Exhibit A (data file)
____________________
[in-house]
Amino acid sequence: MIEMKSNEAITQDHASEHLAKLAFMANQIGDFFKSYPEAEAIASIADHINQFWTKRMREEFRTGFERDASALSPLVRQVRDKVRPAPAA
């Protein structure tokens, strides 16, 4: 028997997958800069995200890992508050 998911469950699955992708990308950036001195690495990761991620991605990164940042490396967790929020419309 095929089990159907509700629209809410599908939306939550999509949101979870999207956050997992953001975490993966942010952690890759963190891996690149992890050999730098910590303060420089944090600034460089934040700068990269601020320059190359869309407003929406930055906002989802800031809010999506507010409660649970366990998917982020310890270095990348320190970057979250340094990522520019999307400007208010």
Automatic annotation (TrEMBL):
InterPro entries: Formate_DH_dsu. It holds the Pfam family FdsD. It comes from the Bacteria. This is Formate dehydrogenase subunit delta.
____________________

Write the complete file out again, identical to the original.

[in-house]
Amino acid sequence: MIEMKSNEAITQDHASEHLAKLAFMANQIGDFFKSYPEAEAIASIADHINQFWTKRMREEFRTGFERDASALSPLVRQVRDKVRPAPAA
């Protein structure tokens, strides 16, 4: 028997997958800069995200890992508050 998911469950699955992708990308950036001195690495990761991620991605990164940042490396967790929020419309 095929089990159907509700629209809410599908939306939550999509949101979870999207956050997992953001975490993966942010952690890759963190891996690149992890050999730098910590303060420089944090600034460089934040700068990269601020320059190359869309407003929406930055906002989802800031809010999506507010409660649970366990998917982020310890270095990348320190970057979250340094990522520019999307400007208010």
Automatic annotation (TrEMBL):
InterPro entries: Formate_DH_dsu. It holds the Pfam family FdsD. It comes from the Bacteria. This is Formate dehydrogenase subunit delta.